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Date of Award

1988

Document Type

Dissertation - Pacific Access Restricted

Degree Name

Doctor of Education (Ed.D.)

Department

Graduate School

First Advisor

David P. Baral

First Committee Member

Carole Urzua

Second Committee Member

Dennis C. Brennan

Third Committee Member

Halvor Hansen

Fourth Committee Member

Roger Tom

Abstract

The purpose of this study was to examine the factors important to the establishment of a Chinese language immersion program in San Francisco, parent motivations and attitudes toward the program, and the impact of the program on student achievement. Descriptive data collected on the 1st and 2nd year of program implementation included summaries of interviews with school personnel, information from documents of the San Francisco Unified School District, tabulations of parent questionnaire responses, and scores from a kindergarten skills inventory and Cantonese Language Skills Test. The comparative portion of the study included an analysis of CTBS-S scores of the program participants and a comparable group of students. The District implemented the Chinese immersion program because of the prior success of a Spanish immersion program, and the influence of a group of parents who were highly interested, organized and motivated. The Chinese immersion program is basically patterned after the Canadian early total immersion model. Both programs were initiated by parents. The major differences from the Canadian model were the ethnic and linguistic composition of students and the timing of introduction of English instruction. Parents enrolled their children in the Chinese immersion program because of a desire for their children to better understand and respect their own and others' cultural and linguistic heritages. Parents were highly satisfied with all aspects of the program. Program participants acquired Cantonese proficiency and literacy skills while developing and maintaining English academic skills. Further research is necessary to address the long term effects of the Chinese immersion program on participants' English academic skills, English language development, Chinese fluency and literacy, and their appreciation of multiculturalism and multilingualism.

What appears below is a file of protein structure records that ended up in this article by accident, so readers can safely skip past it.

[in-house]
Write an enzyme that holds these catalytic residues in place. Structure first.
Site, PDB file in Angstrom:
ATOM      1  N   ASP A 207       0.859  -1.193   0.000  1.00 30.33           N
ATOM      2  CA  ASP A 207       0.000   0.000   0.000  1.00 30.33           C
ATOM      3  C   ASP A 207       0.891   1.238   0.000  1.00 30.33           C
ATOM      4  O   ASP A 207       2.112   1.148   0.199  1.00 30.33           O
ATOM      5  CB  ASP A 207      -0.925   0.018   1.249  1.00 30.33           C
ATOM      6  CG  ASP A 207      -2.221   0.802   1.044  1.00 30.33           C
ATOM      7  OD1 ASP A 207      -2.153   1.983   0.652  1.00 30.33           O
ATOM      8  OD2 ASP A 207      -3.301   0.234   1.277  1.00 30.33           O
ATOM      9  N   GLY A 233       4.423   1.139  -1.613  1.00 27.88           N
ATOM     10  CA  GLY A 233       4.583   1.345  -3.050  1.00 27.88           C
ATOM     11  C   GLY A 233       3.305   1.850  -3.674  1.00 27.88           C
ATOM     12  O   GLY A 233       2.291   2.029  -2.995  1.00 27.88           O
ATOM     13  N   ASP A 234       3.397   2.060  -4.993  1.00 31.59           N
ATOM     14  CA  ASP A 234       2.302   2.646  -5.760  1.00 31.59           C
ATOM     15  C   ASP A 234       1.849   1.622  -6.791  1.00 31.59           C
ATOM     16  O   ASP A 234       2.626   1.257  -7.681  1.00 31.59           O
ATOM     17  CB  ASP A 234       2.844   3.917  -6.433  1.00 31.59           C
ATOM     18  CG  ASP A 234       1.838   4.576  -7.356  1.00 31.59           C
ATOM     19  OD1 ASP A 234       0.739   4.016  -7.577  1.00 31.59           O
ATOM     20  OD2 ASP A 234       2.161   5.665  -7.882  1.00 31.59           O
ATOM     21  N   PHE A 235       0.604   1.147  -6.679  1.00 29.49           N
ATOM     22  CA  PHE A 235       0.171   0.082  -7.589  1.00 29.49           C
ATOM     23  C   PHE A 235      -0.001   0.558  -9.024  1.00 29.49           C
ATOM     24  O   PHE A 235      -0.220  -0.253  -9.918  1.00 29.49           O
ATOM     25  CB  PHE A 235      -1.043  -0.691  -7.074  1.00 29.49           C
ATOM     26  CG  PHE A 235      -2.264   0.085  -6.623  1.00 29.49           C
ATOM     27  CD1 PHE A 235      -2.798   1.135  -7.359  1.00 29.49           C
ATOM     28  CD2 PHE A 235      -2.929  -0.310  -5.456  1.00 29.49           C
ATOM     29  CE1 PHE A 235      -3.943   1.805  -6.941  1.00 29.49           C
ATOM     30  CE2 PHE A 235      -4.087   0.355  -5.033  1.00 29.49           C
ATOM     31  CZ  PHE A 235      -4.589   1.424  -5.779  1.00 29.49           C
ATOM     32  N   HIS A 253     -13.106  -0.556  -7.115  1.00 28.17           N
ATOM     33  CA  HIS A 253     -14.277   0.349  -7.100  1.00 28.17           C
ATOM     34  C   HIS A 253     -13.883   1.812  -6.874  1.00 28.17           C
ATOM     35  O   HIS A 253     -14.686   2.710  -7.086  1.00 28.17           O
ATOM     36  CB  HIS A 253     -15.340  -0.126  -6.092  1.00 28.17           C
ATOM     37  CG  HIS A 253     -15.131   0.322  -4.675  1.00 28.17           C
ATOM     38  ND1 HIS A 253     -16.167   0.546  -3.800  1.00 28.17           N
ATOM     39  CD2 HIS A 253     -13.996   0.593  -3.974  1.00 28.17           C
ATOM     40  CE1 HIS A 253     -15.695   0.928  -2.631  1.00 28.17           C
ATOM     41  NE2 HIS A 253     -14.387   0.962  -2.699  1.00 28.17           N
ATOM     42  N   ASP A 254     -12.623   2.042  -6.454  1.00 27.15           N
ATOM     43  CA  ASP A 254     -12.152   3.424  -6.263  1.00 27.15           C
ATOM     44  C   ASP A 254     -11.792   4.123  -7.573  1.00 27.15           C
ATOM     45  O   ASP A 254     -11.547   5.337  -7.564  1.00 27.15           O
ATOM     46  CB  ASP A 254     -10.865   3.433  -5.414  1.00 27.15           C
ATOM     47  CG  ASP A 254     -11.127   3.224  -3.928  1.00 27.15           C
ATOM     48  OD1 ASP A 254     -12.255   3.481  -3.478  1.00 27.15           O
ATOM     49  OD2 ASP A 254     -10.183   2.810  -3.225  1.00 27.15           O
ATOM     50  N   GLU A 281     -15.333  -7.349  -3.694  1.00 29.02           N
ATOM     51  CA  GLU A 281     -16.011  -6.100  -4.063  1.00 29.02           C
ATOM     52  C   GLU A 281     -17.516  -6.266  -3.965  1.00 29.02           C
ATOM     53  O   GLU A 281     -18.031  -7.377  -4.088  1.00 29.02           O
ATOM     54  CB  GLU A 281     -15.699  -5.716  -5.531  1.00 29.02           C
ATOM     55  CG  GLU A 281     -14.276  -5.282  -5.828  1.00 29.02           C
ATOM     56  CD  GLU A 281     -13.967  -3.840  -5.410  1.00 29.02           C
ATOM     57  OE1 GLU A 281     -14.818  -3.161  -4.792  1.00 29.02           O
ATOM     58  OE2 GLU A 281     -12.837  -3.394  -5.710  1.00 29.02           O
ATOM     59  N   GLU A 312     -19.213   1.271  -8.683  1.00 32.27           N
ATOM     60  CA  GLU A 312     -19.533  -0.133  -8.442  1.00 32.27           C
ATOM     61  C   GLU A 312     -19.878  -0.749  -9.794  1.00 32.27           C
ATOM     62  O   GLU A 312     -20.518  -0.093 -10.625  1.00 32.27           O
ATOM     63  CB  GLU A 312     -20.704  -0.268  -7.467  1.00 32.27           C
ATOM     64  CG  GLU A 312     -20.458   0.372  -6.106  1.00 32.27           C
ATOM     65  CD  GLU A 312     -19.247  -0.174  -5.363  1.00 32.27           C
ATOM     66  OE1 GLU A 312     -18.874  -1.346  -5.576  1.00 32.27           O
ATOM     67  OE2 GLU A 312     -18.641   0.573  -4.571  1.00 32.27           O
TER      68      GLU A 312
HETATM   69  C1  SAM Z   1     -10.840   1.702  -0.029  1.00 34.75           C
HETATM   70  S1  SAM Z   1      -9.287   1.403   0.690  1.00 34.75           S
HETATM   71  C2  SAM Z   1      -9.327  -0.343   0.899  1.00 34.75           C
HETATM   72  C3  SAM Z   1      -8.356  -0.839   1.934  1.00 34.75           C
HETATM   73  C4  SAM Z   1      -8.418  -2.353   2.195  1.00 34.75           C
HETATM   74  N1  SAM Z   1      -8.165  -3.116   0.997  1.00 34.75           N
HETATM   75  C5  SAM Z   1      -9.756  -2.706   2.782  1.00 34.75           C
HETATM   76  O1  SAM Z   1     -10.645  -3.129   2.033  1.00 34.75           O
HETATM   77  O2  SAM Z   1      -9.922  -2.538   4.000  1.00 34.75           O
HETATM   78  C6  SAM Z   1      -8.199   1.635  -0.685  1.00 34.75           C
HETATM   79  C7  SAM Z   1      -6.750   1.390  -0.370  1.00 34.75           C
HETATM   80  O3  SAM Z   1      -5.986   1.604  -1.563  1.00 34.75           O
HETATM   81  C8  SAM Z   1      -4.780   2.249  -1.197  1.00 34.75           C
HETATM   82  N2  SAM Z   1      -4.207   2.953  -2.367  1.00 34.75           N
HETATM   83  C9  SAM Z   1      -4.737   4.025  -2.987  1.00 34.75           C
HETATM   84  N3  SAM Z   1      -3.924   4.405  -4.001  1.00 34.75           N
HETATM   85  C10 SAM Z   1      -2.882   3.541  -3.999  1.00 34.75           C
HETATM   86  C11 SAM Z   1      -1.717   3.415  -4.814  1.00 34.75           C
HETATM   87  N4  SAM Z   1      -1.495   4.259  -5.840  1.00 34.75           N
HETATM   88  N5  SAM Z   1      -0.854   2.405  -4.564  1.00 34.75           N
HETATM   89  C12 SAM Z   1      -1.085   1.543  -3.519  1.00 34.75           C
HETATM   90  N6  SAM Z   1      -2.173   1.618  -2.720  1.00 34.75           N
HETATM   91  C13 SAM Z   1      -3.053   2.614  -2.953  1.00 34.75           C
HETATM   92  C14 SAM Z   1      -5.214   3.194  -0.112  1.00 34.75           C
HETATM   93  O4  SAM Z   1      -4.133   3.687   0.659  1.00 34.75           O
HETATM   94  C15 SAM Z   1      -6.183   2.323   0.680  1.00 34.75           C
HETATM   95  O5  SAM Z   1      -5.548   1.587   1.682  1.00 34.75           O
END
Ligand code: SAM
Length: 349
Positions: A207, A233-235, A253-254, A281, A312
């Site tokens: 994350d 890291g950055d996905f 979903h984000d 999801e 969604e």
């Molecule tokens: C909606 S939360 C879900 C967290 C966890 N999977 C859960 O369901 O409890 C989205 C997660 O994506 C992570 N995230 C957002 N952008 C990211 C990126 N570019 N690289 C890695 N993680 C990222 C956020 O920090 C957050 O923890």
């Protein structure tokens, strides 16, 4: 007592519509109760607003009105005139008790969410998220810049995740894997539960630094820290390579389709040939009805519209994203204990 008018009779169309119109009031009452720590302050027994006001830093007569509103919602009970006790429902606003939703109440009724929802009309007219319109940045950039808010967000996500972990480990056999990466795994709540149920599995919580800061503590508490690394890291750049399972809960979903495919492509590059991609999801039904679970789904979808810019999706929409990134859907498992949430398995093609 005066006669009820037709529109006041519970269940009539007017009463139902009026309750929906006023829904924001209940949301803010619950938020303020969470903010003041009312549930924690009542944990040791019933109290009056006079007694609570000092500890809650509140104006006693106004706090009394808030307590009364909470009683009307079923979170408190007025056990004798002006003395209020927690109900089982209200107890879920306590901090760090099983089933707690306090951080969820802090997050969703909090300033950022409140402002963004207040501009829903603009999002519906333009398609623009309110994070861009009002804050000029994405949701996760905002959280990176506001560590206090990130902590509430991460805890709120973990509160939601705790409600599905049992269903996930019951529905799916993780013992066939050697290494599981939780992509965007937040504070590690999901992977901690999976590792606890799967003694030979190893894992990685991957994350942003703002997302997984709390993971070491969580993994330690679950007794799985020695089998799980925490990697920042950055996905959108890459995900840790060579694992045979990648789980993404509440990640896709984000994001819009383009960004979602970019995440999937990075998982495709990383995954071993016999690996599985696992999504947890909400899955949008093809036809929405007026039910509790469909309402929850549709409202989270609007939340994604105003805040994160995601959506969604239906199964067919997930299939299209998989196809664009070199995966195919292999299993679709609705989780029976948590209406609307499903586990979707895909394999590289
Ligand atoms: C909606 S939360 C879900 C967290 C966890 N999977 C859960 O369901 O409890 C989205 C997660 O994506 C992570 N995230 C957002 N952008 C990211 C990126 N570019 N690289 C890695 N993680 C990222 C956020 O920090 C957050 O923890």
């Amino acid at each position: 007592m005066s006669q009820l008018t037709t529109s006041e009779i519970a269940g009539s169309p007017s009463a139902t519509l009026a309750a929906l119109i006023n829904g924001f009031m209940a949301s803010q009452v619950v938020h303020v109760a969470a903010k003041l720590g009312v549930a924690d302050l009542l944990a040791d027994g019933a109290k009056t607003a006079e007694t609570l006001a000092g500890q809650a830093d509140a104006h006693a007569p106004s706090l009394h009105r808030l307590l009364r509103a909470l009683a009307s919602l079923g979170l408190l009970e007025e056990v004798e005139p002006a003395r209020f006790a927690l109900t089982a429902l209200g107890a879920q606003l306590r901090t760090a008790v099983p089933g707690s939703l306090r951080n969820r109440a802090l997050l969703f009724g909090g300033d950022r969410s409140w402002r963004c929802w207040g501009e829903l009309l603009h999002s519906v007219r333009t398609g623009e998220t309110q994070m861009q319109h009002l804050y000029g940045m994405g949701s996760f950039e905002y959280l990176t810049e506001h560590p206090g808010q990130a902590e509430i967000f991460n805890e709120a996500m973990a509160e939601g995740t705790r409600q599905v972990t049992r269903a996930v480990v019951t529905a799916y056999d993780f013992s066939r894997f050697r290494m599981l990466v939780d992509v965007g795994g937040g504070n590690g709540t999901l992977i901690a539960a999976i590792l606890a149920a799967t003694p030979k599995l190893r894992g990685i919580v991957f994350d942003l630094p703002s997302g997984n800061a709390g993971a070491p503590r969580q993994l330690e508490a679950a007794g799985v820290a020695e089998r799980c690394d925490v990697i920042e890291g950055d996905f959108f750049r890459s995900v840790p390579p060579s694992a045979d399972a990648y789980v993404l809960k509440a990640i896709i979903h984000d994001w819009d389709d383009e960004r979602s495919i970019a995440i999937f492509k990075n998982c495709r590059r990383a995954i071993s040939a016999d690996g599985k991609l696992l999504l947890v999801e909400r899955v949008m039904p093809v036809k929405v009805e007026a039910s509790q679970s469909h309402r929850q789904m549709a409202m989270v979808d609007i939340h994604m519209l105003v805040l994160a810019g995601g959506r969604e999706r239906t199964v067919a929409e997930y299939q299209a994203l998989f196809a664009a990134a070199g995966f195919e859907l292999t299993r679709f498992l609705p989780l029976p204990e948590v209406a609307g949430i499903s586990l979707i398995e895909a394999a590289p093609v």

Pages

236

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